Andy has over 25 years of experience as a mental health nurse across inpatient and community settings, including 8 years in education and leadership roles. For the last four years he’s been the program manager with Living Well, Living Longer: Sydney Local Health District’s integrated care program aiming to improve the physical health of people living with severe mental illness.
Title: Evaluating the impact of the COVID-19 pandemic on the provision of physical health interventions to mental health consumers within Sydney Local Health District
Author(s): Andrew Simpson, Lisa Parcsi, Andrew McDonald
Introduction: People living with severe mental illness experience disproportionately high rates of morbidity and mortality compared with the general population. Sydney Local Health District introduced the Living Well, Living Longer program in 2013 to address this inequity. The COVID-19 pandemic impacted the provision of routine health services. This report evaluates the impact of the pandemic on the provision of physical health interventions to mental health consumers in Sydney Local Health District.
Method: Rates of COVID-19 vaccinations to consumers within Sydney Local Health District community mental health services were collated. Routinely collected service data was reviewed for changes in rates of metabolic monitoring, mental health shared care, physical health checks with general practitioners, cardiometabolic health clinic assessments, and diet and exercise interventions. A period from April 2019 to April 2022 was selected which enabled a comparison for 12 months pre-pandemic with 2 years peri-pandemic.
Results & Findings: 91.9% of consumers received at least two COVID-19 vaccinations and 61.3% received a booster. However there was a 37.3% reduction in rates of metabolic monitoring, 20.1% reduction in Mental Health Shared Care agreements, 60.6% reduction in physical health checks, 55.1% reduction in cardiometabolic clinic assessments, and 19.8% reduction of diet and exercise interventions. Up-to-date data will be presented at the symposium to see if any signs of recovery are emerging.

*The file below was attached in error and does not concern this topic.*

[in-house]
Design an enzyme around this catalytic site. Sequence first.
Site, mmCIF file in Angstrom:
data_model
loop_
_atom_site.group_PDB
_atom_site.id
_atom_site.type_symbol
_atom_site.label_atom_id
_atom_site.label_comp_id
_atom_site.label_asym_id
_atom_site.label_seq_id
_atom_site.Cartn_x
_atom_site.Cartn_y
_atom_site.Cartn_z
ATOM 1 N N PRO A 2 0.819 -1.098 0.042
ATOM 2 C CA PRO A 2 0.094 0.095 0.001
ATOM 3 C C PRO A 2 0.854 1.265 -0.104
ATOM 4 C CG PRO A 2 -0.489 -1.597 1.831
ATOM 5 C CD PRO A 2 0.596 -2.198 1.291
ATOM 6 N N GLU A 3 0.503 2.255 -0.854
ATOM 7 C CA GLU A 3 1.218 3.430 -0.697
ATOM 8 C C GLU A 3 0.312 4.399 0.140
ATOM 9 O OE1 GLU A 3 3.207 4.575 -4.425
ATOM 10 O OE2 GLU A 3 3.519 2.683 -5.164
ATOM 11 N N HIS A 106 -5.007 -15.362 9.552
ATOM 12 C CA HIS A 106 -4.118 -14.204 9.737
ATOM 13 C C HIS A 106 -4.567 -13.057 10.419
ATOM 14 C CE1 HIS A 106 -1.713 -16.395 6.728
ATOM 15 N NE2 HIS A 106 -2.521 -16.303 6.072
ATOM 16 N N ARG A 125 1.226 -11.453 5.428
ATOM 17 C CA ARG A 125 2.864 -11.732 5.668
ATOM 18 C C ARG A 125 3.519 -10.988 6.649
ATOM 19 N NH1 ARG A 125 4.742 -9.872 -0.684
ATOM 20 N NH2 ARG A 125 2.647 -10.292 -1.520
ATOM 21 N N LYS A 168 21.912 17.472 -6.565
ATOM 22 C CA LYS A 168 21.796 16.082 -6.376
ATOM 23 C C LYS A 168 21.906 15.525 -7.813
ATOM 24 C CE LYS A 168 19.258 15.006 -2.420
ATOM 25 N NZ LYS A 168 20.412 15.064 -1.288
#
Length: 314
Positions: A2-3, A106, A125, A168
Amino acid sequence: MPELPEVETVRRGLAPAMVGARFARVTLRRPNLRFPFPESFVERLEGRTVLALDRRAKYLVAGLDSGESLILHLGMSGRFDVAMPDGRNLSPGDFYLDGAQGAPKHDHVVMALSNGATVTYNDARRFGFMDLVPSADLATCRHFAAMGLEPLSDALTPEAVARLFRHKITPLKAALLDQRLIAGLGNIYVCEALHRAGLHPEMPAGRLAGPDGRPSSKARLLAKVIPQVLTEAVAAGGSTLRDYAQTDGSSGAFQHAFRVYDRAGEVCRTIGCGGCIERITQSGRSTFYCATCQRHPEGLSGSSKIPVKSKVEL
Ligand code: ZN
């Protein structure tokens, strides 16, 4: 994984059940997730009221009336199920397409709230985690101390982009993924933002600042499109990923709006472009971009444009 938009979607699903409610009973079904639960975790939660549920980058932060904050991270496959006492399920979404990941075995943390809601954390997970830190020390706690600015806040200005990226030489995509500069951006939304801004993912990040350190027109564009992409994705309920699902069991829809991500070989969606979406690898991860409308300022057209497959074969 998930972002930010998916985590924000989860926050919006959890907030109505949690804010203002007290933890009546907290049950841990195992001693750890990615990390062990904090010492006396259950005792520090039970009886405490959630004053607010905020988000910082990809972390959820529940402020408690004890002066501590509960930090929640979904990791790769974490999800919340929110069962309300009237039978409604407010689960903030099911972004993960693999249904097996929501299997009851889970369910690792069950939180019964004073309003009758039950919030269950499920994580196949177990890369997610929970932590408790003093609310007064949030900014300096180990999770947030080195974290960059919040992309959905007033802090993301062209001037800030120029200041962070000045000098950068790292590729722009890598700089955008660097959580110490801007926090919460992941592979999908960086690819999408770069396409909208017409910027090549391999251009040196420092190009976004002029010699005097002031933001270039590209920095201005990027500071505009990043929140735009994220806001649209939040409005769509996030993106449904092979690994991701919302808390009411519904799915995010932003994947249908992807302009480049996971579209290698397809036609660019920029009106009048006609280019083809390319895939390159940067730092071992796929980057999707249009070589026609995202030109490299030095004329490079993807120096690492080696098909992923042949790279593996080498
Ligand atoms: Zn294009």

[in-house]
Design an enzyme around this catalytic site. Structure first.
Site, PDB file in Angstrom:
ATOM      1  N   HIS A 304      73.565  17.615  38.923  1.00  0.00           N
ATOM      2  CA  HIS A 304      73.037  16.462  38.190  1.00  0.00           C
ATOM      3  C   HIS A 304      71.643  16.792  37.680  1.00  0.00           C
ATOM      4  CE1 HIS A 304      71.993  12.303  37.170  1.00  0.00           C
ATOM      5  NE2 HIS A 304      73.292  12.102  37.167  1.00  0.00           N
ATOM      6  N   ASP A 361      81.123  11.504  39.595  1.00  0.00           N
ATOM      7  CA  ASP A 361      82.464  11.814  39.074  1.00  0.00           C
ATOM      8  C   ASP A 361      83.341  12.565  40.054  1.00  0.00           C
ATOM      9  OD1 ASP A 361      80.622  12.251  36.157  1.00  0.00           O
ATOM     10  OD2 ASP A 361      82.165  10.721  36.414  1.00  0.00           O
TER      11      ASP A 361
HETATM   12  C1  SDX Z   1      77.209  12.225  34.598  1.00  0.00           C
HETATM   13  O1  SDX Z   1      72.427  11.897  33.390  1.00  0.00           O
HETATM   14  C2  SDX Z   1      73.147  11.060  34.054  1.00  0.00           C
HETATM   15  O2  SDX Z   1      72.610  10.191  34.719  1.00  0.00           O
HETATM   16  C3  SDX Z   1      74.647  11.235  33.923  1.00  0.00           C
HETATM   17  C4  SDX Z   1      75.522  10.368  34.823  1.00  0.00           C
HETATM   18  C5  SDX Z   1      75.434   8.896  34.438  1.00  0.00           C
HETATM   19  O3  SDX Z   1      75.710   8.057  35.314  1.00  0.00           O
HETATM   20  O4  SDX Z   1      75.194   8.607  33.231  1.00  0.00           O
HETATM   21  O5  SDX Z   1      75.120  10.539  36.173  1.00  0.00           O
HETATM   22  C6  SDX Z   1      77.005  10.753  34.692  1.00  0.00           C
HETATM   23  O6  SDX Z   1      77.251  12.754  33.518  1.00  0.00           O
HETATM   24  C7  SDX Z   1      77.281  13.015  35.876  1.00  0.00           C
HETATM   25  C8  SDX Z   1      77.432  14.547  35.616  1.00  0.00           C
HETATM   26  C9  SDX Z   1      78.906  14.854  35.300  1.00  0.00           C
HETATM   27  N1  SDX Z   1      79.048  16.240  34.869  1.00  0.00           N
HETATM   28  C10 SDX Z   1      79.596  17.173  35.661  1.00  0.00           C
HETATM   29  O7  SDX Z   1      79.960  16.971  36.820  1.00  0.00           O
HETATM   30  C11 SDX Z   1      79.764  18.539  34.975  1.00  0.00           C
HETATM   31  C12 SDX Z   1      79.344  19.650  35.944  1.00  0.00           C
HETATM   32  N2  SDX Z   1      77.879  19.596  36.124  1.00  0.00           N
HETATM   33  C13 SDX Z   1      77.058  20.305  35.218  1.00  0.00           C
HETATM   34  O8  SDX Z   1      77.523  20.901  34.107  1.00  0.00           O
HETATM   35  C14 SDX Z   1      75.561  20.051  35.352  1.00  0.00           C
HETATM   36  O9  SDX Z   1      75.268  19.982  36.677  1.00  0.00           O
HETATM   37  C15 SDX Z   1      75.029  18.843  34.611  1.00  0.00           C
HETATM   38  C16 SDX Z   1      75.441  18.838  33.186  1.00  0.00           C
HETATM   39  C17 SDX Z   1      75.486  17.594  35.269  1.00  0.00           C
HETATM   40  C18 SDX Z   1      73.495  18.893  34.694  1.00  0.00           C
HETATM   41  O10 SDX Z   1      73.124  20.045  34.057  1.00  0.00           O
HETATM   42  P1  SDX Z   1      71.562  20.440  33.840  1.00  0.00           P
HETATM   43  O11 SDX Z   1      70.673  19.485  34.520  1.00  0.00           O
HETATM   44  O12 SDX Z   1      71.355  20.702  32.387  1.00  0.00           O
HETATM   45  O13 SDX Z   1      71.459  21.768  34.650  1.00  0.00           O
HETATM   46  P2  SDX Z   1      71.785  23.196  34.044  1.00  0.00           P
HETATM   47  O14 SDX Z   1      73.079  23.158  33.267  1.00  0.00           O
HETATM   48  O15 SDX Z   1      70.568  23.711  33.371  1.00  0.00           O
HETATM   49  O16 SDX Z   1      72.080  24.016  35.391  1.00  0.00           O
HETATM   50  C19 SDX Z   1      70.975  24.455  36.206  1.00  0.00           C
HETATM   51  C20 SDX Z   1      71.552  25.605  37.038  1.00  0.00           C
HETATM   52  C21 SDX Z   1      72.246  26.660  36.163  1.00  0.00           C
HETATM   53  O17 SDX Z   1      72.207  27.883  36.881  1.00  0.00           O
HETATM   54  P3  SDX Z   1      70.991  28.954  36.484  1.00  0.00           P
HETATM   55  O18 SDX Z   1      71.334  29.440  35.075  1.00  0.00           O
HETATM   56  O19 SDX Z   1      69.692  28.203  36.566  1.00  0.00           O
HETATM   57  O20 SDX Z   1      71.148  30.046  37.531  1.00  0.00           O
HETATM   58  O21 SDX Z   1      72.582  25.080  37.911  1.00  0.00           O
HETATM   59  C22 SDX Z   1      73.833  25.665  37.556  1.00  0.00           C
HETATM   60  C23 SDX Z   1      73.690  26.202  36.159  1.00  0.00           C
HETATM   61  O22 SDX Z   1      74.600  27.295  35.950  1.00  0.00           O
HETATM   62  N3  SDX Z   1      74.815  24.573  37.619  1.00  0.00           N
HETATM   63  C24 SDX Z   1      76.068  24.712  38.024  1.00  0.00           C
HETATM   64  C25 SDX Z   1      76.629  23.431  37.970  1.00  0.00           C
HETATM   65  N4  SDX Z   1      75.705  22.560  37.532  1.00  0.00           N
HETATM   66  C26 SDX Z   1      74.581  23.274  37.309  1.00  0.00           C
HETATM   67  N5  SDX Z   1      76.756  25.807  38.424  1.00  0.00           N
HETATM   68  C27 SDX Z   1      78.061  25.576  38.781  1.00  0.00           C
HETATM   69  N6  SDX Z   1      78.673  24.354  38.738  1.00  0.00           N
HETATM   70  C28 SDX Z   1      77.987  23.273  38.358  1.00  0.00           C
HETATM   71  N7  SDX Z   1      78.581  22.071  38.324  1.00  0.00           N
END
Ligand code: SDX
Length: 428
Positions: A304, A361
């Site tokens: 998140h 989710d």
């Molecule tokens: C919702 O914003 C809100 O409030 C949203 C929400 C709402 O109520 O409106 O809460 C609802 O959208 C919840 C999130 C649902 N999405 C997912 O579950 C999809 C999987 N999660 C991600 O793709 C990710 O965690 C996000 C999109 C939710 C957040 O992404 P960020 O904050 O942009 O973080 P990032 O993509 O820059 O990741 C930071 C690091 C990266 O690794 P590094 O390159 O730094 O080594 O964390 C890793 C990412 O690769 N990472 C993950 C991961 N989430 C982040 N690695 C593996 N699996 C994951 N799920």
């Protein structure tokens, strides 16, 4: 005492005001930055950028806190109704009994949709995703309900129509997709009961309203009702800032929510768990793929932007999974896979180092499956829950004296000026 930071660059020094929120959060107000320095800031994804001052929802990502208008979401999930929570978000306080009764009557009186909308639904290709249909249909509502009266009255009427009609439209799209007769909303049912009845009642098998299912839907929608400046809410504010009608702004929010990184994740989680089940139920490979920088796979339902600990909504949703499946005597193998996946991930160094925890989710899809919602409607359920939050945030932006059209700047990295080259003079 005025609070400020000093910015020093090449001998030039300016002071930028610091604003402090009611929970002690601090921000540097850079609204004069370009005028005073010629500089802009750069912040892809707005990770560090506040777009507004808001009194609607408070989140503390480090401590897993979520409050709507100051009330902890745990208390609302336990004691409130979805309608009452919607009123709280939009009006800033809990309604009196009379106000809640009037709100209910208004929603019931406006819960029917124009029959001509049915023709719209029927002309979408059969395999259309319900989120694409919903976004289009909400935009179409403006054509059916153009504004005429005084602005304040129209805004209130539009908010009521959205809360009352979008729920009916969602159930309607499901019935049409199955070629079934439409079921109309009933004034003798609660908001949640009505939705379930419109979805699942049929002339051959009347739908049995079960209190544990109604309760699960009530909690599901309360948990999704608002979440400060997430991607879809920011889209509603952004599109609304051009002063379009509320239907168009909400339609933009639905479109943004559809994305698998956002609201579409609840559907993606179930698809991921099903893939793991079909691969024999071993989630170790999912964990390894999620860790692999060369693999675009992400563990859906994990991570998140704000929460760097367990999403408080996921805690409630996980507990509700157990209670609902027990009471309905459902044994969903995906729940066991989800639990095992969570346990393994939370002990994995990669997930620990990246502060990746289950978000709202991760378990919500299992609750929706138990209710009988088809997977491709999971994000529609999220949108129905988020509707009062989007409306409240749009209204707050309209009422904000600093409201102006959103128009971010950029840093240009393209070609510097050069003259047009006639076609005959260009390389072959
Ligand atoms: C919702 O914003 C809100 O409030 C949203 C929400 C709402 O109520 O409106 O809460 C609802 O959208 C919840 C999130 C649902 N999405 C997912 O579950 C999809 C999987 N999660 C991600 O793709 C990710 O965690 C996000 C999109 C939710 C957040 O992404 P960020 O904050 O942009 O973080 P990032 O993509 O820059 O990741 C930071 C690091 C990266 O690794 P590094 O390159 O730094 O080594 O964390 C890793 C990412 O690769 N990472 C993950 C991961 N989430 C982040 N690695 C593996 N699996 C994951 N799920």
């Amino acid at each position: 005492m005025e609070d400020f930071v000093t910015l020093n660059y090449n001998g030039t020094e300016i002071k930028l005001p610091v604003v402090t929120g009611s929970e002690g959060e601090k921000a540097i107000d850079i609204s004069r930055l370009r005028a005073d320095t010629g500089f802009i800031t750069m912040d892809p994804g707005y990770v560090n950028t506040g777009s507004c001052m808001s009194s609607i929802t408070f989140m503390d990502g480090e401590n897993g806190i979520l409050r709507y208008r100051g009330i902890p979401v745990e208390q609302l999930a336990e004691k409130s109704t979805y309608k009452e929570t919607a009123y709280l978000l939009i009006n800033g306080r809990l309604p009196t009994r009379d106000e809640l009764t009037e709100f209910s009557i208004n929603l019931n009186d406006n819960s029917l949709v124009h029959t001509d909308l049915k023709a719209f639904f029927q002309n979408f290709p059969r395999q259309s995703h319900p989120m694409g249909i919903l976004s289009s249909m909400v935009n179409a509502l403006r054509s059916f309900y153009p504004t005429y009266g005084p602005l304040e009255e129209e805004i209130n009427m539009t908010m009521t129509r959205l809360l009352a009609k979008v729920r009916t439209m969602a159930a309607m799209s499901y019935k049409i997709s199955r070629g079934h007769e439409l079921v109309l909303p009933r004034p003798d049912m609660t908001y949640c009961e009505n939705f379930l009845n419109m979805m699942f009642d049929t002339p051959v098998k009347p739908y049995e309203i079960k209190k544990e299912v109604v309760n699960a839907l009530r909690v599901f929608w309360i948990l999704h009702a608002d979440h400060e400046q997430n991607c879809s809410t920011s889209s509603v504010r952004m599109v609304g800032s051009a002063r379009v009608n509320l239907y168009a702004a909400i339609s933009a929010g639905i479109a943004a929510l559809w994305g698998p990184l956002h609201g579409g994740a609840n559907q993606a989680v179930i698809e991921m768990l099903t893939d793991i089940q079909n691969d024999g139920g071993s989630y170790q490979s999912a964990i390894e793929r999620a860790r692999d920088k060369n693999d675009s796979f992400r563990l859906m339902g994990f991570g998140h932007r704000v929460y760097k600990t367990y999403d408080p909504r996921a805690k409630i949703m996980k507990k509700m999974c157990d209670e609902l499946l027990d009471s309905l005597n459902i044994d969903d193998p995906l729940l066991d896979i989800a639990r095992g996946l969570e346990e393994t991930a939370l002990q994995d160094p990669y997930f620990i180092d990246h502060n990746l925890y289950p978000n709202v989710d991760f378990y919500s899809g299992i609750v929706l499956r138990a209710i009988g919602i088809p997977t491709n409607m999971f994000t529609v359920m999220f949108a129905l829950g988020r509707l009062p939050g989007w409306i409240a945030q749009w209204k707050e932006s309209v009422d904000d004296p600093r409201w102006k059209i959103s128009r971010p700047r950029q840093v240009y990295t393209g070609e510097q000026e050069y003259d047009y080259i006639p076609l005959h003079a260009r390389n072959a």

Discussion: The COVID-19 pandemic necessitated a whole of health system response to protect the community, but the requisite reallocation of resources came at a cost to routine service provision. The high rates of vaccinations achieved with mental health consumers in Sydney Local Health District should be commended, but there was a significant reduction in all other physical health interventions. A renewed focus is now required to increase physical health screening & intervention to minimise the potential impact of the pandemic on cardiometabolic morbidity and mortality in this population.
Title: Lessons from a shared-care trial with mental-health services, consumers and GPs
Author(s): Stella Jun, Andy Simpson, Catherine Spooner, Snow Li, Mark Harris, Kizzy Searle, Andrew McDonald, Andrew Baillie, Ben Harris-Roxas, Michelle Cunich, Jane Taggert, Nathalie Hansen, Lisa Parcsi, Beatriz Lopez Portillo
Introduction: Communication between healthcare providers is essential for improving the wellbeing of people experiencing severe and enduring mental illness. The SHAReD Study investigates the use of an online shared care tool for enhanced care planning and communication between mental health services (MHS), general practitioners (GPs), and their shared consumers within Sydney Local Health District (SLHD). This study explores the barriers experienced by different stakeholder groups during the recruitment and baseline interview period.
Method: This qualitative process evaluation of the randomised controlled trial draws on reports and reflections from the SHAReD study research team between March 2022 and July 2023.
Results & Findings: The study identified barriers to recruitment and baseline survey faced by different stakeholder groups. Mental health services faced capacity challenges related to high staff turnover –during the pandemic. GPs had limited capacity to trial anything new following the COVID-19 response and many were reluctant to introduce external software due to data privacy concerns. For consumers, some expressed, pre-existing mistrust with healthcare systems and many did not have a regular GP. These recruitment and engagement challenges pre-empted multiple changes in strategy during the study recruitment period, many of which required ethics amendments and changes to the consent process. The recruitment period was extended from 3 months to 9 months to enable these changes to be implemented.
Discussion: The barriers identified in this study illustrate the challenges and complexities of implementing shared-care interventions in the mental health sector. They also highlight the impact of COVID-19 on mental health services and GPs, which may affect the care that consumers receive. The study underscores the importance of considering the perspectives of all stakeholders. This may involve addressing the concerns and challenges faced by different stakeholder groups, including capacity issues, data privacy concerns, and the need for flexible recruitment and engagement strategies.